Even tracking the overall costs of police misconduct settlements has proven a significant challenge for researchers. There is currently no national reporting database and municipalities’ approach to record-keeping can vary widely. On a national level, the data just doesn’t exist to present a broader picture of how much misconduct settlements cost taxpayers. In an effort to address this lack of data, in March of 2021, the Cost of Police Misconduct Act was introduced into Congress, which seeks to compel reporting to federal authorities. Whether or not this bill will be passed into law is presently unclear, but it does represent one of the most high-profile efforts to explicitly tie the costs of settlements with the pushes for reform.

Despite the lack of specific data, it is well-understood that the costs of misconduct settlements are quite substantial and create strain on city budgets. In a recent survey of 31 of the 50 cities with the highest police-to-civilian ratios in the country, available data shows settlements cost these municipalities more than $3 billion over the last decade. Though the dataset is incomplete, it illustrates the substantial figures municipalities are contending with in settling misconduct allegations. Until recently, these costs were not typically figured into municipal budgets for policing and related costs.

City Budgets Misconduct SettlementsFurther complicating matters is how municipalities pay for misconduct settlements. In general, many small to medium-sized cities carry some form of liability insurance or risk-pool while the largest cities are either self-insured or will issue bonds to cover settlements and their related costs. Both approaches have their drawbacks. Bonds accumulate interest and servicing fees while insurance typically is funded via property taxes or other public user fees. In either model, it is once again taxpayers that ultimately bear the cost.

These settlement costs appear to be trending upwards too. In a survey of ten cities, the Wall Street Journal found misconduct settlement amounts rose from $1 billion between 2010 and 2014 to $1.6 billion from 2015 to 2019. There is no one reason for this rise but it is generally thought that things like increasing public pressure in favor of reform efforts and the widespread use of smart phone cameras have contributed to this rise. Additionally, some agencies and municipal governments look towards a settlement as a way to avoid a drawn out and expensive court battle.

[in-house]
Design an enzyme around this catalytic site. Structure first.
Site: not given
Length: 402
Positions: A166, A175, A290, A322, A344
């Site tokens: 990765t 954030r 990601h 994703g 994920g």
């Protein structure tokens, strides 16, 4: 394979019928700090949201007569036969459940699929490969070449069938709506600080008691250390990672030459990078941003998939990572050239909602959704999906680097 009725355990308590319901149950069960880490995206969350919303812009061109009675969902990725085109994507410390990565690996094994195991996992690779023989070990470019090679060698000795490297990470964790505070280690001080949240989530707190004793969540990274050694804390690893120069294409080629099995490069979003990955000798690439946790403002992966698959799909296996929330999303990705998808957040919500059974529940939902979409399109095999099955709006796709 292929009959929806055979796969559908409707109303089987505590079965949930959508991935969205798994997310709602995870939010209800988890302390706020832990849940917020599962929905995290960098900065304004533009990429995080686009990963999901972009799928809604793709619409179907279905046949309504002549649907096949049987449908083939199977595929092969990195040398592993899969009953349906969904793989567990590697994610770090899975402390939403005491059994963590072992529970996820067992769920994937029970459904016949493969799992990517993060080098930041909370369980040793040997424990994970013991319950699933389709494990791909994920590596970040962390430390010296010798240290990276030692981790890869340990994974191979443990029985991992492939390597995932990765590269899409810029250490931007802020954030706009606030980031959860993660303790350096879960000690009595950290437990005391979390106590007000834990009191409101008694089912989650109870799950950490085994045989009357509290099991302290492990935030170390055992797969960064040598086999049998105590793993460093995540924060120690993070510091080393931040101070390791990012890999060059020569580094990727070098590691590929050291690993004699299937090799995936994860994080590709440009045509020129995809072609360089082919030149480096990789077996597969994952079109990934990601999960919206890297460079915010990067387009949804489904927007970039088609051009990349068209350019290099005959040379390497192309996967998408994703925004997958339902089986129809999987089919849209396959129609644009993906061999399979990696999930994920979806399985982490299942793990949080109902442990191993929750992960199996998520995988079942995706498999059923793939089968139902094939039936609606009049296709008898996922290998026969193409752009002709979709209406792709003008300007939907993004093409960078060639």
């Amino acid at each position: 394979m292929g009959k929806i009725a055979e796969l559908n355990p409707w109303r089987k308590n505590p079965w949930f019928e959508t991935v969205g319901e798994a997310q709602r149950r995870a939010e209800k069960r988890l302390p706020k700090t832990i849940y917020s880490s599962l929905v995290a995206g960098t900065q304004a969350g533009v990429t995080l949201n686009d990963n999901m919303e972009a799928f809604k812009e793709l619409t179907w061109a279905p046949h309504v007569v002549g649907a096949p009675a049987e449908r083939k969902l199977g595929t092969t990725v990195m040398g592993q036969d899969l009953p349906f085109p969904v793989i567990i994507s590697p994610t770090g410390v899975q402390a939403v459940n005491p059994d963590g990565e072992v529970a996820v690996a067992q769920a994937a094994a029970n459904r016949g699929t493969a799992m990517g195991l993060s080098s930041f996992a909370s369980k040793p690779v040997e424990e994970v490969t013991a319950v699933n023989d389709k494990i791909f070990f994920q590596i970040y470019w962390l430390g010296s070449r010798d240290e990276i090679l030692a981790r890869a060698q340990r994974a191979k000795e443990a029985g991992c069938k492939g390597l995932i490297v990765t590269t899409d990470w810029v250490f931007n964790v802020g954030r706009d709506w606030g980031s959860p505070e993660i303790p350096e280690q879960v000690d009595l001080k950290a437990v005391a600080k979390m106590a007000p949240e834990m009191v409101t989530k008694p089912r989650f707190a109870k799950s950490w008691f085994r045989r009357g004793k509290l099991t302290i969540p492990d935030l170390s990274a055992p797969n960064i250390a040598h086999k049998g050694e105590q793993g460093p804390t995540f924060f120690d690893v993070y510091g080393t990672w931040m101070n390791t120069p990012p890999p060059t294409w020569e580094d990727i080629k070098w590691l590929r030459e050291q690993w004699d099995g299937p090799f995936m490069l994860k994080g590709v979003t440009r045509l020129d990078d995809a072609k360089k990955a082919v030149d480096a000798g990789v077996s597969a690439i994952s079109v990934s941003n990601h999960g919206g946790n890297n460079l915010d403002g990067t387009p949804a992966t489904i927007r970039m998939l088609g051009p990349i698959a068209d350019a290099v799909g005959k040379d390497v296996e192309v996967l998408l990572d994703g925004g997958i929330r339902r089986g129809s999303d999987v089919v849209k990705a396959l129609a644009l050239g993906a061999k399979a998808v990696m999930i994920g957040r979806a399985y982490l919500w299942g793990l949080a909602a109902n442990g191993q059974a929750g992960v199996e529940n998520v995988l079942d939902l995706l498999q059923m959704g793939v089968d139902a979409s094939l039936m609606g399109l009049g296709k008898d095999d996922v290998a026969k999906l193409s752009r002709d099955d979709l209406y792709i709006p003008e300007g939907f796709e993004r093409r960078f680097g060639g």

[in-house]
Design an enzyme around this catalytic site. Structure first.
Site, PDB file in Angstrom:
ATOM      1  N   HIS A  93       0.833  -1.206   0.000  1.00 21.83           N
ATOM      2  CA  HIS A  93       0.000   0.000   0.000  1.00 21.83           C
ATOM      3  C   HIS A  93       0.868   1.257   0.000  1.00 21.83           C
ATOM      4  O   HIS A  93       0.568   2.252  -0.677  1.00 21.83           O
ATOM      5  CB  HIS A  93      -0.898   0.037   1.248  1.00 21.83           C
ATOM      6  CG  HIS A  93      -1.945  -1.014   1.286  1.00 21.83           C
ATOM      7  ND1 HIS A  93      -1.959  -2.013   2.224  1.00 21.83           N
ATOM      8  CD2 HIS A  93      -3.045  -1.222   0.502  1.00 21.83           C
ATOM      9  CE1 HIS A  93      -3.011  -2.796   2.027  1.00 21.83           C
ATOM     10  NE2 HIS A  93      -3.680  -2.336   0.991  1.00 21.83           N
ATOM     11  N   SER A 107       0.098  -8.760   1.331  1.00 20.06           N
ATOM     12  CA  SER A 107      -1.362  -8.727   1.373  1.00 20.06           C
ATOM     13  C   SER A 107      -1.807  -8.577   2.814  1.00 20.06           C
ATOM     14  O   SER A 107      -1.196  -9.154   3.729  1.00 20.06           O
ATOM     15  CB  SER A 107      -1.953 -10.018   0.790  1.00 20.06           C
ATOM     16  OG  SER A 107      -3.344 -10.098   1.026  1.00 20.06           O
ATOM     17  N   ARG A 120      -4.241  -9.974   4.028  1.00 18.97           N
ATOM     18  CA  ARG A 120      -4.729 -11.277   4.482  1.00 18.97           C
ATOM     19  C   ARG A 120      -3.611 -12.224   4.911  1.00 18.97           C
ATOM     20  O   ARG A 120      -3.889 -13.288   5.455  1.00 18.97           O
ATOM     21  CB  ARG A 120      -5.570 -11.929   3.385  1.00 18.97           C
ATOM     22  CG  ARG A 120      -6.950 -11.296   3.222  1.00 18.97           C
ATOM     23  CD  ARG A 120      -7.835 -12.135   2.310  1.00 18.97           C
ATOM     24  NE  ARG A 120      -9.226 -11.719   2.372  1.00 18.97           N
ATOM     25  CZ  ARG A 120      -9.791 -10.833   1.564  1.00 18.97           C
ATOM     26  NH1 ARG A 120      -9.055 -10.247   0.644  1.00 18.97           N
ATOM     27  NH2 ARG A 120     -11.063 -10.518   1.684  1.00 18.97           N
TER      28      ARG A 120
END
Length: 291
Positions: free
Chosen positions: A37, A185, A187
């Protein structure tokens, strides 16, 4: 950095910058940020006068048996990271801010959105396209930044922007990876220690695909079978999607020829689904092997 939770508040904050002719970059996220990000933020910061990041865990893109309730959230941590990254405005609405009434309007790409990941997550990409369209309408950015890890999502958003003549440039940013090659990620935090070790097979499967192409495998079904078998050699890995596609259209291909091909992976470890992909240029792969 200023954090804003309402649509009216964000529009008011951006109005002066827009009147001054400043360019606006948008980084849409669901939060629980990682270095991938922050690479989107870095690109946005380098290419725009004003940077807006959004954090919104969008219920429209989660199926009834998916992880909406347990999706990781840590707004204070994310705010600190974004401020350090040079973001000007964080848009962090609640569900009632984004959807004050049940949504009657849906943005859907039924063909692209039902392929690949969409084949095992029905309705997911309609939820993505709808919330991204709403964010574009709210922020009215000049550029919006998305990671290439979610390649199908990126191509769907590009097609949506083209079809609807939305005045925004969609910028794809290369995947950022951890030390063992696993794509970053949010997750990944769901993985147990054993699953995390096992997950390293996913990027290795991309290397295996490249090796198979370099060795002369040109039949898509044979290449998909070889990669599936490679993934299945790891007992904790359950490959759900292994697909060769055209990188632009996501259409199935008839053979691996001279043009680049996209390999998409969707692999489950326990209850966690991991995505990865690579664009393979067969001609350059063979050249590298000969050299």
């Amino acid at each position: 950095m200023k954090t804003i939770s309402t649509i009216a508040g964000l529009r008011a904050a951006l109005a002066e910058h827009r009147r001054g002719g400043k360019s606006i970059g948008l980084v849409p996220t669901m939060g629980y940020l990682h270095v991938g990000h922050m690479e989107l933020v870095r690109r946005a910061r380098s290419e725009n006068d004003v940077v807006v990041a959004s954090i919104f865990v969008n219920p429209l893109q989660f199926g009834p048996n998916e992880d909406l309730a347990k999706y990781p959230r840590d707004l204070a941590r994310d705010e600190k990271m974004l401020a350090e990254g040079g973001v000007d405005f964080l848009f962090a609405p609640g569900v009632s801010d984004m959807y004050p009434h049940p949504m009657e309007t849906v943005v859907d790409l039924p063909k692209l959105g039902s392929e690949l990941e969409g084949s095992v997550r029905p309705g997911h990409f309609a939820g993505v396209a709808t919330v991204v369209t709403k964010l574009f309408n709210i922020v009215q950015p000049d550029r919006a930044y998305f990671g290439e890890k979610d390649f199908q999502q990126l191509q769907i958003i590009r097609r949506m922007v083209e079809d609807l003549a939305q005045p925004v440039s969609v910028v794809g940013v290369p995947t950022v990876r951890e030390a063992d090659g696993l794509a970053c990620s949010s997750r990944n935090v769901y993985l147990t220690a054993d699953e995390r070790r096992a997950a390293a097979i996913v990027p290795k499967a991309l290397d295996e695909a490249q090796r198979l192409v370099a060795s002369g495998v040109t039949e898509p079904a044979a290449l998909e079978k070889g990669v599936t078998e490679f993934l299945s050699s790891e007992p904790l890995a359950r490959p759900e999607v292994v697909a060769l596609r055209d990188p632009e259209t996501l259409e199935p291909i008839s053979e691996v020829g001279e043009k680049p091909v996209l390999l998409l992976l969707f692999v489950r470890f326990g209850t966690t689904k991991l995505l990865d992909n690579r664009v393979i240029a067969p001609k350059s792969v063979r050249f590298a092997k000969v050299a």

Agencies Respond

Law enforcement leaders, elected officials, and taxpayers all have an obvious interest in controlling misconduct settlement costs. These unplanned expenses can significantly impact municipal budgets and can force unexpected reallocation of funds. Agencies and municipal governments are employing a number of different methods to control these costs. Here are some of the most common and effective examples:

  • Additional training is a strategy agencies and municipalities are using to reduce the likelihood of an adverse event leading to a settlement. Training requirements are frequently a component of new reform legislation being passed at the state level. De-escalation training and coursework related to identifying and responding to mental health crises are becoming more prevalent as are new standards in use-of-force training. Effectively managing and tracking officer training is seen as a proactive tool aimed at preventing law enforcement encounters that end up in settlements.
  • In recent years, the companies that insure small to medium municipalities are responding to the growing cost of settlements by exerting more control over agencies’ operations. This insurance risk management oversight takes on many forms such as policy audits, use-of-force simulators, and even ride-alongs to observe officer behavior. In some cases, insurers can even influence staffing decisions. Other municipalities participate in risk pools in which they “share” risk. The Association of Government Risk Pools connects member cities and facilitates collaboration while providing best standards and education.
  • Improvements to data collection are furthering policymakers’ and agency leadership’s ability to base decisions on rigorous analysis of data. This encompasses everything from body-worn cameras and audio recording devices to Internal Affairs and Use-of-Force metrics that are tracked and monitored via software. With more comprehensive and smarter data collection, policymakers and agency heads can be more confident in their decision-making, knowing it is based on a holistic view of performance and personnel data.
  • Early Intervention Systems (EIS), are software suites designed to help agency leaders monitor officer behavior and, ideally, intervene before any issues arise. Benchmark Analytics’ First Sign® Early Intervention System is preventative by design and more sophisticated than other, trigger or threshold-based systems, allowing leaders to identify off-track officer behavior before it rises to a level of seriousness that could involve an out-of-policy incident.
  • Once an EIS has alerted an agency’s leadership to the potential for performance issues, it is up to them to implement corrective measures to get that officer back on track. This often involves additional support like further training and mentorship. Benchmark’s Case Action Response Engine® (C.A.R.E.) helps track not only that assigned interventions are being completed but that officer performance is in fact on a path to improvement.